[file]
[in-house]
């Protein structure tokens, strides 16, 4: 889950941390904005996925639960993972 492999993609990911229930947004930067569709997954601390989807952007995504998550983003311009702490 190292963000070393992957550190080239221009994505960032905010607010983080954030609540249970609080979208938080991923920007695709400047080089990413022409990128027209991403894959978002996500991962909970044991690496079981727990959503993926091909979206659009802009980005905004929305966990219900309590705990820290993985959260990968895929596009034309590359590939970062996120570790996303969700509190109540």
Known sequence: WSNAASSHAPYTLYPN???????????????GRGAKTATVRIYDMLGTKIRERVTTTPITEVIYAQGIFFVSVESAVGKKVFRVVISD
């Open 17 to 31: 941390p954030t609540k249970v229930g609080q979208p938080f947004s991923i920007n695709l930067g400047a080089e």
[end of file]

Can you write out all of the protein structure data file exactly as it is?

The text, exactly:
[in-house]
């Protein structure tokens, strides 16, 4: 889950941390904005996925639960993972 492999993609990911229930947004930067569709997954601390989807952007995504998550983003311009702490 190292963000070393992957550190080239221009994505960032905010607010983080954030609540249970609080979208938080991923920007695709400047080089990413022409990128027209991403894959978002996500991962909970044991690496079981727990959503993926091909979206659009802009980005905004929305966990219900309590705990820290993985959260990968895929596009034309590359590939970062996120570790996303969700509190109540």
Known sequence: WSNAASSHAPYTLYPN???????????????GRGAKTATVRIYDMLGTKIRERVTTTPITEVIYAQGIFFVSVESAVGKKVFRVVISD
């Open 17 to 31: 941390p954030t609540k249970v229930g609080q979208p938080f947004s991923i920007n695709l930067g400047a080089e």